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Language Planning as a Sociolinguistic Experiment

By: Ernst Jahr

Provides richly detailed insight into the uniqueness of the Norwegian language development. Marks the 200th anniversary of the birth of the Norwegian nation following centuries of Danish rule


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Acquiring Phonology: A Cross-Generational Case-Study

By Neil Smith

The study also highlights the constructs of current linguistic theory, arguing for distinctive features and the notion 'onset' and against some of the claims of Optimality Theory and Usage-based accounts.


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Language Production and Interpretation: Linguistics meets Cognition

By Henk Zeevat

The importance of Henk Zeevat's new monograph cannot be overstated. [...] I recommend it to anyone who combines interests in language, logic, and computation [...]. David Beaver, University of Texas at Austin


Academic Paper


Title: 'Syllabification patterns in Arabic dialects: long segments and mora sharing'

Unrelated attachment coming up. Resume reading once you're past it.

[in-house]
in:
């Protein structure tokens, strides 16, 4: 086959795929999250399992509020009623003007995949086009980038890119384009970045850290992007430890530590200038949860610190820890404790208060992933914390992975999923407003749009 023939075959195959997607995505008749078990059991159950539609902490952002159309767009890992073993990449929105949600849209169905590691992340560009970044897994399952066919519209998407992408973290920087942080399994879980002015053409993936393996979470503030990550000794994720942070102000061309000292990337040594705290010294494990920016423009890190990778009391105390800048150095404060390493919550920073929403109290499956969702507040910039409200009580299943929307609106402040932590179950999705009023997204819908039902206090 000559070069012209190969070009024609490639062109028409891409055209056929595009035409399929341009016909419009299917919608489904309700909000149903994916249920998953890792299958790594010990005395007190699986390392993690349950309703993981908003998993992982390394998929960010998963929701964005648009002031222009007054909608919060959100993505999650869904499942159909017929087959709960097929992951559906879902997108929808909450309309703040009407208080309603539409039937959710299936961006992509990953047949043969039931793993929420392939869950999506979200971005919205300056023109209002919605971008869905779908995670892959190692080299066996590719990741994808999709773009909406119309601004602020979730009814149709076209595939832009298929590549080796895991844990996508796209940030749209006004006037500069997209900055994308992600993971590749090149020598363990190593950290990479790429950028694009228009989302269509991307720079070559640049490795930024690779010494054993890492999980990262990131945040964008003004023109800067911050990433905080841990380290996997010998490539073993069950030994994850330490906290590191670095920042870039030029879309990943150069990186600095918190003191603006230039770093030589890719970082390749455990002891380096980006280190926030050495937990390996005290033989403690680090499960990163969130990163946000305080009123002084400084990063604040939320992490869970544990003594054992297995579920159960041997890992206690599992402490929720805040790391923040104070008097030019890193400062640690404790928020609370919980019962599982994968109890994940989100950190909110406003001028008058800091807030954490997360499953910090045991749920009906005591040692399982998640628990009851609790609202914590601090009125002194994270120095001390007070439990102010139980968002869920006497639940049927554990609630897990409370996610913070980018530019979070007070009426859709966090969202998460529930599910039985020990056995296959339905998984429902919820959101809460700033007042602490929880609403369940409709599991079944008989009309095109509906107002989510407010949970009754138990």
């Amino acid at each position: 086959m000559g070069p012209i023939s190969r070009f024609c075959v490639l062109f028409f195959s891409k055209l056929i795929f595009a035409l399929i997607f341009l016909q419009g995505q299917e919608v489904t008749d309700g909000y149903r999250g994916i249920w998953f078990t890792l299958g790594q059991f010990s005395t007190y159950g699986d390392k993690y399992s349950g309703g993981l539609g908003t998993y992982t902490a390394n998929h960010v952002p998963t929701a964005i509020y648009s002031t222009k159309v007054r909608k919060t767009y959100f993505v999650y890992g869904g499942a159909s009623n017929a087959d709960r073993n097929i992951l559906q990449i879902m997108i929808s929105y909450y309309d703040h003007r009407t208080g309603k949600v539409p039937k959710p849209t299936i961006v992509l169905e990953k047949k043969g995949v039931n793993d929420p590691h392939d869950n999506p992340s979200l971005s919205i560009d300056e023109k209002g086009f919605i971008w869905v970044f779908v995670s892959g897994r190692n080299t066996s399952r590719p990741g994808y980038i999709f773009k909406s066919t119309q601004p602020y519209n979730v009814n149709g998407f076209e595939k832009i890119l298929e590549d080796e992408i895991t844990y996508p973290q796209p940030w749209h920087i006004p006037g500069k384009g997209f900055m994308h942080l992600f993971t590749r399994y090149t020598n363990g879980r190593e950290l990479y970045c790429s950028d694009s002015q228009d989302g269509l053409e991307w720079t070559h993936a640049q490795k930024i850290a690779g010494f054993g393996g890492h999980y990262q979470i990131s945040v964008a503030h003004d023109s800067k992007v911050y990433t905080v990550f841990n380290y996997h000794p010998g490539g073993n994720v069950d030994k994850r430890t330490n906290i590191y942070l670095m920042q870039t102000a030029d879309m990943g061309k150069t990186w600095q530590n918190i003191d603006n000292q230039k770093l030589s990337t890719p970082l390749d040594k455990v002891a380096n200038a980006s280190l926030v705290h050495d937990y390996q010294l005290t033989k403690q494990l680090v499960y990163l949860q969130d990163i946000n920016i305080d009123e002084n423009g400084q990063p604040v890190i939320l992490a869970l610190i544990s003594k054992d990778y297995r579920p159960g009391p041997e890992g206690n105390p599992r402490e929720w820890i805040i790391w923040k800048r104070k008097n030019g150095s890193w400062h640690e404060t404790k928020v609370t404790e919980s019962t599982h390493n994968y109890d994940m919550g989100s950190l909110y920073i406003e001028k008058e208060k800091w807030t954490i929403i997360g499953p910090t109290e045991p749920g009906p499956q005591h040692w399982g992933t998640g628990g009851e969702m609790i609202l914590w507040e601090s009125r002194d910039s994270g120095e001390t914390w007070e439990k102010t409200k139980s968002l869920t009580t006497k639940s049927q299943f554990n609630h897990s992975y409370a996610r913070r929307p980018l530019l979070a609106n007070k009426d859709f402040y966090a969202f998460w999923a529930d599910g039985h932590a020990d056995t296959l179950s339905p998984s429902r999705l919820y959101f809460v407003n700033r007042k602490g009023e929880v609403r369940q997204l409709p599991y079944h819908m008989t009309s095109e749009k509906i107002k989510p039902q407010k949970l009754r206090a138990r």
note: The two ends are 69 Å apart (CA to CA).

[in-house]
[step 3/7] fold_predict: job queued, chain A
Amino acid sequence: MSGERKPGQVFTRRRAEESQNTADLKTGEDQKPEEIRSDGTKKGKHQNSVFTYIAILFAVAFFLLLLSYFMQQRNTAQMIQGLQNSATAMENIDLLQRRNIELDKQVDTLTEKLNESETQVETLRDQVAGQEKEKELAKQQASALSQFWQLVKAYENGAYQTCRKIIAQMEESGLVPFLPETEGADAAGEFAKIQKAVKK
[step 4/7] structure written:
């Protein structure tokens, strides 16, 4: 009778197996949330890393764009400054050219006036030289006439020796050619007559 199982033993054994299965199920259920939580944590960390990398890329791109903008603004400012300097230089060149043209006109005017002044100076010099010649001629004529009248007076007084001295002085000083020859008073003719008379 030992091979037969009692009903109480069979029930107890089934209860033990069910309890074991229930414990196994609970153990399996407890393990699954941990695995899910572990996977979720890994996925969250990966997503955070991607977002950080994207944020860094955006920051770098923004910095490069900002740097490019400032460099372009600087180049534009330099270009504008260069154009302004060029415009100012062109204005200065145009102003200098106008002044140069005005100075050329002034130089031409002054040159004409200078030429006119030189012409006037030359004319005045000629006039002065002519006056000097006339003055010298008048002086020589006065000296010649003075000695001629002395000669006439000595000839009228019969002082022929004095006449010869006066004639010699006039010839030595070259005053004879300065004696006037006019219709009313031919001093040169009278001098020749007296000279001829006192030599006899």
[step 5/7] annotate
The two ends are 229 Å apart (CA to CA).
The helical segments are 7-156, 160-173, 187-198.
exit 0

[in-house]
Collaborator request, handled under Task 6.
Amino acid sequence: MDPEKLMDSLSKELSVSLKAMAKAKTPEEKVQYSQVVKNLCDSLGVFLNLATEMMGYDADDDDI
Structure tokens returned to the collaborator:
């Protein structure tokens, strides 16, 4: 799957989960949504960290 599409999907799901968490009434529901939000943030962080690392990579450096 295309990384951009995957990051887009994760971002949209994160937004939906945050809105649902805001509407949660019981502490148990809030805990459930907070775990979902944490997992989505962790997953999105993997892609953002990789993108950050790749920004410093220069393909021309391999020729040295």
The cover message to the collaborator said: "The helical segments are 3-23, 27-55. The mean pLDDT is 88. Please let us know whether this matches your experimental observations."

Author: JanetC.E.Watson
Institution: 'University of Salford'
Linguistic Field: 'Phonology'
Subject Language: 'Arabic, Standard'
Abstract: In Classical Arabic and many modern Arabic dialects, syllables ending in VVC or in the left leg of a geminate have a special status. An examination of Kiparsky's (2003) semisyllable account of syllabification types and related phenomena in Arabic against a wider set of data shows that while this account explains much syllable-related variation, certain phenomena cannot be captured, and several dialects appear to exhibit conflicting syllable-related phenomena. Phenomena not readily covered by the semisyllable account commonly involve long segments – long vowels or geminate consonants. In this paper, I propose for relevant dialects a mora-sharing solution that recognises the special status of syllables incorporating long segments. Such a mora-sharing solution is not new, but has been proposed for the analysis of syllables containing long segments in a number of languages, including Arabic (Broselow 1992, Broselow 1995), Malayalam, Hindi (Broselow 1997) and Bantu languages (Maddieson 1993, Hubbard 1995).

CUP at LINGUIST

This article appears in Phonology Vol. 24, Issue 2, which you can read on Cambridge's site or on LINGUIST .



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